The Frighteners (1996) – Based on its summer release from Universal and its star Michael J. Fox, I thought this one was positioned to be a big hit, the type of movie that would break out of the horror crowd and appeal to the mainstream. But alas, it did not. The Frighteners grossed only $16.7M, which is fine because the movie is the worst kind of bad movie – one that is disappointing and also loud and annoying. I’ve tried so many times to give this one another chance and I make it like 20 minutes every time before remembering what a bad idea that was.
Idle Hands (1999) – I thought this movie would hit because it was about high schoolers (and I was in high school at the time; another example of this phenomenon is Angus) and it had music from The Offspring. I was wrong. It made only $4.1M. I think the release date was the problem. All them high school movie dollars were going to Never Been Kissed and you can’t stand a chance in the wake of that juggernaut. I don’t think I’ve ever seen Idle Hands in its entirety.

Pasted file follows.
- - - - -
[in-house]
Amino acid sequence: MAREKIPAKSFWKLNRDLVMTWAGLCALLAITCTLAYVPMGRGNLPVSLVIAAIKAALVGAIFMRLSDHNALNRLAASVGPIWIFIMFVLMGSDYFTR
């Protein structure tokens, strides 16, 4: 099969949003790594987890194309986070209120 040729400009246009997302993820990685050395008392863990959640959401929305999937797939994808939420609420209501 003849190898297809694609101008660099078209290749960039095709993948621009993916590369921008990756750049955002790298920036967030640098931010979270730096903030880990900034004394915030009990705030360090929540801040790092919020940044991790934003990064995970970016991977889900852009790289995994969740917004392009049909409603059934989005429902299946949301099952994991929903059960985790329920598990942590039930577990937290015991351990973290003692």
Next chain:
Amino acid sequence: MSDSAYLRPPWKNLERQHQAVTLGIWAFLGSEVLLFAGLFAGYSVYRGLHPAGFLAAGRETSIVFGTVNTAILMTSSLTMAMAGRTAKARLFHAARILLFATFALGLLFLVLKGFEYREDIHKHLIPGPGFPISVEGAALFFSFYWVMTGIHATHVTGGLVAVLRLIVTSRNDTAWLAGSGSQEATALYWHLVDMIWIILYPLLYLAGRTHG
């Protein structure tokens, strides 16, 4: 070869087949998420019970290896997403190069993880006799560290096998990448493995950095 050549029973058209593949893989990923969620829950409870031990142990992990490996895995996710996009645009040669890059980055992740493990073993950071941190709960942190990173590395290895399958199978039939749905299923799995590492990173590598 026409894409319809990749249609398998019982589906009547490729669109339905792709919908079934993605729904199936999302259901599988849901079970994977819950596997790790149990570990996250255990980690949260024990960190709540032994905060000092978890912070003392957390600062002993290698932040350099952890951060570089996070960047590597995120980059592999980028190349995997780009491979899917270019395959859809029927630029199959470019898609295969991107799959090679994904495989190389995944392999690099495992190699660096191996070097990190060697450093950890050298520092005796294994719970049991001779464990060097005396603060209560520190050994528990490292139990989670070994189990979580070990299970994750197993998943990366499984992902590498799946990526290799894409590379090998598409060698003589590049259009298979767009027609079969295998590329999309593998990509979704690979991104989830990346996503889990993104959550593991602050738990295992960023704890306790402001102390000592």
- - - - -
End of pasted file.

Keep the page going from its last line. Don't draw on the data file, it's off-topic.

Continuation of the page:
Scream was making money in the ‘90s (except for Idle Hands), so when Kevin Williamson made his directorial debut with Teaching Mrs. Tingle, and it was opening right around when school starts, I was all “this movie is going to be the talk of the Fall.” Wrong. $8.9M in grosses. Very sad. We owed Katie Holmes a little better, I think. I hope you all can sleep at night.
What are some ‘90s horror movies you thought would be huge but weren’t?